When you see new fees being proposed at the border, those who are promoting them clearly see them as a quick fix for some immediate fiscal challenges. We have impressed upon our counterparts in the United States that the best job creator is free and uninhibited trade between Canada and the United States. There's no better job creator than trade between our two countries.
The more we can do to allow that trade to happen in an unencumbered way, the more we're going to drive prosperity on both sides of our border. When a fee is imposed on the American side of the border, it impacts jobs and businesses not only on our side of the border, but also on the American side of the border because of the highly integrated nature of our two economies.
Parts flow across our border many times before a final product has been assembled. Whatever we can do to remove barriers is a very significant step forward to achieving greater levels of trade and doing so more efficiently.
View Ed Fast Profile
CPC (BC)
View Ed Fast Profile
2013-05-06 15:59
I can certainly assure you that we have done a comprehensive analysis of what Canada can expect to gain from being a member of the Trans-Pacific Partnership and what the expectations would be of our membership within that group of trading nations.
As you know, these assessments are done by officials within my department. They are also done by my team within the department. We, of course, were able to determine that there was a very significant benefit to Canada being at the table.
We had discussions with all of the existing partners. They obviously wanted to determine the level of ambition that Canada would bring to the table in terms of trade liberalization. I did remind them, Mr. Easter, that Canada is one of the most liberalized economies in the world and that they could expect Canada to be a very productive and helpful partner at the negotiating table.
I can tell you that in the last two rounds in which we have engaged, even the nine partners that were there very much appreciated how well prepared Canadian negotiators were and how easily they integrated into the process.
View Ed Fast Profile
CPC (BC)
View Ed Fast Profile
2013-05-06 16:01
As you know, those are confidential reviews—
View Ed Fast Profile
CPC (BC)
View Ed Fast Profile
2013-05-06 16:02
—and evaluations that cover a wide range of issues, and the scope of that assessment is broad. We want to make sure we get it right for Canadians. We want to make sure there is value in any trade agreement we enter into.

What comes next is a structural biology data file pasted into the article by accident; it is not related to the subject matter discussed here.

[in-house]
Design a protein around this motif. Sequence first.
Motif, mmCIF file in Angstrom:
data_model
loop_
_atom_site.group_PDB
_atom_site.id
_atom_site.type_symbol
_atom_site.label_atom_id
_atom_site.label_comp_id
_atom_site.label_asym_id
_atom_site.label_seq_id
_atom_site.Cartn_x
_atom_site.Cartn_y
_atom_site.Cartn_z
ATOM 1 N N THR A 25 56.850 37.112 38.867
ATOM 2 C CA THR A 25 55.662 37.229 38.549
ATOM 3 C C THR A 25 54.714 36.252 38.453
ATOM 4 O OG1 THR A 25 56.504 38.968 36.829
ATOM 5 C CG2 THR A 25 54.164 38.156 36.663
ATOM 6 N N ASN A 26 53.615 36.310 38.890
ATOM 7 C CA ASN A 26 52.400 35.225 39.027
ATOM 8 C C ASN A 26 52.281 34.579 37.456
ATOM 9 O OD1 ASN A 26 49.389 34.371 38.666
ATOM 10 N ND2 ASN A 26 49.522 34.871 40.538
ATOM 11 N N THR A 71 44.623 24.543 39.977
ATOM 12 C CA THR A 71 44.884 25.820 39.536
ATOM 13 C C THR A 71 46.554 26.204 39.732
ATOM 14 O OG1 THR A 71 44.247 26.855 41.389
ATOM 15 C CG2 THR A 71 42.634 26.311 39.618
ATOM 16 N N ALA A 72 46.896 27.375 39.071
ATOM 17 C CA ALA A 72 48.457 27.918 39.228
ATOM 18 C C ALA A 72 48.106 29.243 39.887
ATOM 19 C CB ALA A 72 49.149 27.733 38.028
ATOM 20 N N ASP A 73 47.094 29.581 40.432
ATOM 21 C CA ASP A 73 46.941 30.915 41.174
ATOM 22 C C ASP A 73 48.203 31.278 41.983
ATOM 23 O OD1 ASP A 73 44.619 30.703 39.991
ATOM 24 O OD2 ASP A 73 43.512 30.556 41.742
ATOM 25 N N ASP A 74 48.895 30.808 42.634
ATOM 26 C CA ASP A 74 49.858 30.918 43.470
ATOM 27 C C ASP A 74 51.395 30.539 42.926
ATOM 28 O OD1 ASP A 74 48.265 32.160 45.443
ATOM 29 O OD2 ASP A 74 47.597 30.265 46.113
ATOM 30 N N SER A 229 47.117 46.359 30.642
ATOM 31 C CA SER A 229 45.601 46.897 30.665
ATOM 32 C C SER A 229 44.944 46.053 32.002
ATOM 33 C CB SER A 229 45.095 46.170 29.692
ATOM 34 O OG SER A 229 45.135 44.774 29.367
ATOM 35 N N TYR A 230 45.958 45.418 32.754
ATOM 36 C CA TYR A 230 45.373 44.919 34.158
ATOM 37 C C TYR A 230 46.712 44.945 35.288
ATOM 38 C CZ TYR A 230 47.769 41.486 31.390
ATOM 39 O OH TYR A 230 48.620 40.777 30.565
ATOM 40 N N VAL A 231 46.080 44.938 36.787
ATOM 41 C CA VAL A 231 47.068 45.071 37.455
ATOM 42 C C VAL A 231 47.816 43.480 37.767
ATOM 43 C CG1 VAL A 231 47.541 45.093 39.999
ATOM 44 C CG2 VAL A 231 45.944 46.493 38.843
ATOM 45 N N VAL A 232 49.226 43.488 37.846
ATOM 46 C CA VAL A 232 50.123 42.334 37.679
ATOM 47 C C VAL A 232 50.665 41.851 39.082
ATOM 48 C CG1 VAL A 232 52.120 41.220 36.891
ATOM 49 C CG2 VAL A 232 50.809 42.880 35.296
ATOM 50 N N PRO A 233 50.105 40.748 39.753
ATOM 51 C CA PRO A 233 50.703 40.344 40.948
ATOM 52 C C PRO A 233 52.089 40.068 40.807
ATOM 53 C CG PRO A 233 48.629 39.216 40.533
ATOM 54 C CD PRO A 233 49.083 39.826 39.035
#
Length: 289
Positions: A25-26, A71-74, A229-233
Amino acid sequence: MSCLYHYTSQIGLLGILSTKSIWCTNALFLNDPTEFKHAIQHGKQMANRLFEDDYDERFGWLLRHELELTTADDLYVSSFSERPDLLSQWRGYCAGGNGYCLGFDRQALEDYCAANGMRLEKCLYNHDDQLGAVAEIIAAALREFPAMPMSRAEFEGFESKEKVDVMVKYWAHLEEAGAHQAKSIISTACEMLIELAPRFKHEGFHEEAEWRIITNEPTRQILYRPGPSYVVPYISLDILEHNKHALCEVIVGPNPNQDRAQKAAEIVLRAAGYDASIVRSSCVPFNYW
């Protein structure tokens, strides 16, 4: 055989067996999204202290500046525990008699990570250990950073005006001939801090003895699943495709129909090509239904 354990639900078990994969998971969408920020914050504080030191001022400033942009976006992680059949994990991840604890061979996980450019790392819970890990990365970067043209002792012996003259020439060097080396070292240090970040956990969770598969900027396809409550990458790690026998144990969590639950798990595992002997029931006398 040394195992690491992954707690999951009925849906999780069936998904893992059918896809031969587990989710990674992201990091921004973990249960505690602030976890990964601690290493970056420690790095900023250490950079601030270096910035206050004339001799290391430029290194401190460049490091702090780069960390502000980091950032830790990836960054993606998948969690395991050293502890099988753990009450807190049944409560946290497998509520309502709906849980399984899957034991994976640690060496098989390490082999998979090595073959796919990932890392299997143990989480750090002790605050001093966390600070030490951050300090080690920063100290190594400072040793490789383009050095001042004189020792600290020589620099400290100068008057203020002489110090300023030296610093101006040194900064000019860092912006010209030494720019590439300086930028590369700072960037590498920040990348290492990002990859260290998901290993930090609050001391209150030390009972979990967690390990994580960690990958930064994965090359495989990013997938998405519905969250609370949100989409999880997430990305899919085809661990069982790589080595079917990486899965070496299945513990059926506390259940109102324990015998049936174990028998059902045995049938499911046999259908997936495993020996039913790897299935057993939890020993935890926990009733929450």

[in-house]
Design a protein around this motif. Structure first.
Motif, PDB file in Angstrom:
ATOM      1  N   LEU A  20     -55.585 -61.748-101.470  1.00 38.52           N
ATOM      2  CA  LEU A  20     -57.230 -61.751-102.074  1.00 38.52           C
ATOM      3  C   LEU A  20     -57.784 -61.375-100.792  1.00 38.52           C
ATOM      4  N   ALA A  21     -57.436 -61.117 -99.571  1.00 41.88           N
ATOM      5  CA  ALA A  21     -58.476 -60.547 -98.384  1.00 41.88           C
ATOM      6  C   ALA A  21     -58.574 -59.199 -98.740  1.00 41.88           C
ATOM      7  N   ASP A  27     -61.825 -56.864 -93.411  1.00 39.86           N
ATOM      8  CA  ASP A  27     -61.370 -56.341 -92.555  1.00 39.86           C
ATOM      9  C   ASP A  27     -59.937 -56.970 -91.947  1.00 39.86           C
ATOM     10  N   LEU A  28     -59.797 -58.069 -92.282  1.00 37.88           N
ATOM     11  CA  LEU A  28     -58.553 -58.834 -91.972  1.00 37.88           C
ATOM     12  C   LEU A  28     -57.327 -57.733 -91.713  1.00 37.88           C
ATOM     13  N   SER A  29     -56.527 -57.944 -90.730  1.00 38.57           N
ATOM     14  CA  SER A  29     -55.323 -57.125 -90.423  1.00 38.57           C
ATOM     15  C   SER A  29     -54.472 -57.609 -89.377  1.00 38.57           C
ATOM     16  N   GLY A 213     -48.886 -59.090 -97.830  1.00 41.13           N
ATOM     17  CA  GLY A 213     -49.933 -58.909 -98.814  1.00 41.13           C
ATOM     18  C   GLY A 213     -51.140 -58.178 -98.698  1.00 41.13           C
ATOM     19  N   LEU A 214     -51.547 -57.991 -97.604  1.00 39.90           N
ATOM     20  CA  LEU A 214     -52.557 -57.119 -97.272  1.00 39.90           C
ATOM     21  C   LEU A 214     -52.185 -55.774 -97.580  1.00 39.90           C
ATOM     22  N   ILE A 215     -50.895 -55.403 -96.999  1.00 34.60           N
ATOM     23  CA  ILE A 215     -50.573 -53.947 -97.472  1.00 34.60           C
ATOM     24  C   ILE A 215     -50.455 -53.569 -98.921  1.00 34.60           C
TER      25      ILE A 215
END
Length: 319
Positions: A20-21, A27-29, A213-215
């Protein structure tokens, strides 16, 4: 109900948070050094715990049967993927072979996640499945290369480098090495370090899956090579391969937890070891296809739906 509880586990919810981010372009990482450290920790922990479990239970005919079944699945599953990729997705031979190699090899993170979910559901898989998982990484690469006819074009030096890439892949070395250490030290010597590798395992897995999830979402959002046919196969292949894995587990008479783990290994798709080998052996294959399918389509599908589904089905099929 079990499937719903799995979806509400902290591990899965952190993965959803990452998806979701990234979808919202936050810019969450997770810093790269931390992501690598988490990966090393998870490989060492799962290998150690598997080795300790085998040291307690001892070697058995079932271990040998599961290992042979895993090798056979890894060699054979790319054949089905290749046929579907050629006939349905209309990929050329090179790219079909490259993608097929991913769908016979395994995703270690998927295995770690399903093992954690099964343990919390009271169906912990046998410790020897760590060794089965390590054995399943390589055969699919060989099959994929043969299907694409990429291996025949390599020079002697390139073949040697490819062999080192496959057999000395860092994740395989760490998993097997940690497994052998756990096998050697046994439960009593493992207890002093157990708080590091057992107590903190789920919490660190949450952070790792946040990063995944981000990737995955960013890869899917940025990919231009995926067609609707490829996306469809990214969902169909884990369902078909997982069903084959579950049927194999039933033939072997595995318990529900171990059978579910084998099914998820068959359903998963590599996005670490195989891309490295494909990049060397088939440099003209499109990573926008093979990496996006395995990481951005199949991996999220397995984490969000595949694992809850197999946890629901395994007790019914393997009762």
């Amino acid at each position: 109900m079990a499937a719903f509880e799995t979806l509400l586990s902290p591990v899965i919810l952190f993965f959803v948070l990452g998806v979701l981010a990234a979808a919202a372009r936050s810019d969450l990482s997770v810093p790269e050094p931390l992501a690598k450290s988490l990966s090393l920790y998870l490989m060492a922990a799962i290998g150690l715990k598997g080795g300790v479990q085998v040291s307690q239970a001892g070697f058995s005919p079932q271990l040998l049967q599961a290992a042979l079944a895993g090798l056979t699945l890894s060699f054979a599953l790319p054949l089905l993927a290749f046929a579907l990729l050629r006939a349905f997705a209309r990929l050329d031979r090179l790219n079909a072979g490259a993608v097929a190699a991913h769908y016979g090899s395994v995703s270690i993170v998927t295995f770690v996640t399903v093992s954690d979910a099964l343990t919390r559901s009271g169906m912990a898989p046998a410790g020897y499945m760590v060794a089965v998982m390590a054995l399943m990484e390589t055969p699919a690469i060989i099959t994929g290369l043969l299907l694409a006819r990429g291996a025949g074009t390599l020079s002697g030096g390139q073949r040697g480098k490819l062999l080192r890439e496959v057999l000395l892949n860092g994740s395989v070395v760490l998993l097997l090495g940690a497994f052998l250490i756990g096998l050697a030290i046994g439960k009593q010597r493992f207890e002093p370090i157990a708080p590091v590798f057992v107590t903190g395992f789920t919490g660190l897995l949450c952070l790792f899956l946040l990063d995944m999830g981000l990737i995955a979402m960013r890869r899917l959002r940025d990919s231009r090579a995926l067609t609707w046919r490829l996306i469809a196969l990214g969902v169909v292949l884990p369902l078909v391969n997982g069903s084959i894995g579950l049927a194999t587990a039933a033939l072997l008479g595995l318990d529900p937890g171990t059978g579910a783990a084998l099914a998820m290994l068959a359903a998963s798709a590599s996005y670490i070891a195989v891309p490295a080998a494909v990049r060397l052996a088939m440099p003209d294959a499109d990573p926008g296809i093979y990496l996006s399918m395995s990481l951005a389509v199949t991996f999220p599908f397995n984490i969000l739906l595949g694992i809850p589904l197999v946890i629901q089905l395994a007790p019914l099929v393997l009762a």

View Ed Fast Profile
CPC (BC)
View Ed Fast Profile
2013-05-06 16:04
Let me answer your first question, and that is on CETA. As we speak, our negotiators remain engaged in Brussels bridging the remaining very small handful of issues. These are difficult discussions, but our negotiators are finding creative ways of bridging the outstanding gaps.
However, I want to be very clear on this, Mr. Easter. Our conclusion of these negotiations will not be driven primarily by a calendar or a timetable. It will be driven by the quality of the deal. We have made it clear to Canadians throughout our negotiations that we will only conclude negotiations if we can say to Canadians that it is in Canada's best interests. That is the standard our government has set. It is the standard we will meet. That is the standard that also applies to South Korea.
You were quite correct in stating that those negotiations were started back in 2005. By 2007, as you know, the whole BSE crisis was in full bloom. Korea had closed its market to our beef, and they were not moving. It took this government to actually solve that issue, which we were able to resolve about a year and a half ago with the Koreans. We now have full access to their market. Until we were able to resolve that issue, it was very difficult to move forward in trying to find additional ways of deepening our trade relationship.
As you know, since that time we've had ongoing discussions with the Korean leadership as to how we might be able to continue to deepen that trade and investment relationship. They've gone through a transition of government over the last number of months. They've actually completely retooled their trade portfolio. They've included a number of other disciplines in that portfolio. It's taking some time to even find out who would be my counterpart who can actually receive instructions, or provide instructions to negotiators in terms of what can be achieved within a trade agreement negotiation with Canada.
I'm confident that we'll be able to find a way of securing the kind of outcome Canadians expect us to get. Canadians will not accept us selling out Canada's economy. You know that. I would also remind you, Mr. Easter, that over the 13 years your government was in place, you were able to secure only three free trade agreements, and they were all tiny ones—
View Ed Fast Profile
CPC (BC)
View Ed Fast Profile
2013-05-06 16:07
—and we're now engaged in very significant negotiations with Japan, the EU, and TPP.
View Ed Fast Profile
CPC (BC)
View Ed Fast Profile
2013-05-06 16:08
Thank you for that question.
A lot of people whom I meet assume that the trade minister is engaged in trade policy and trade framework agreement negotiations and that's it. In fact, trade is much bigger than that. I would mention trade promotion.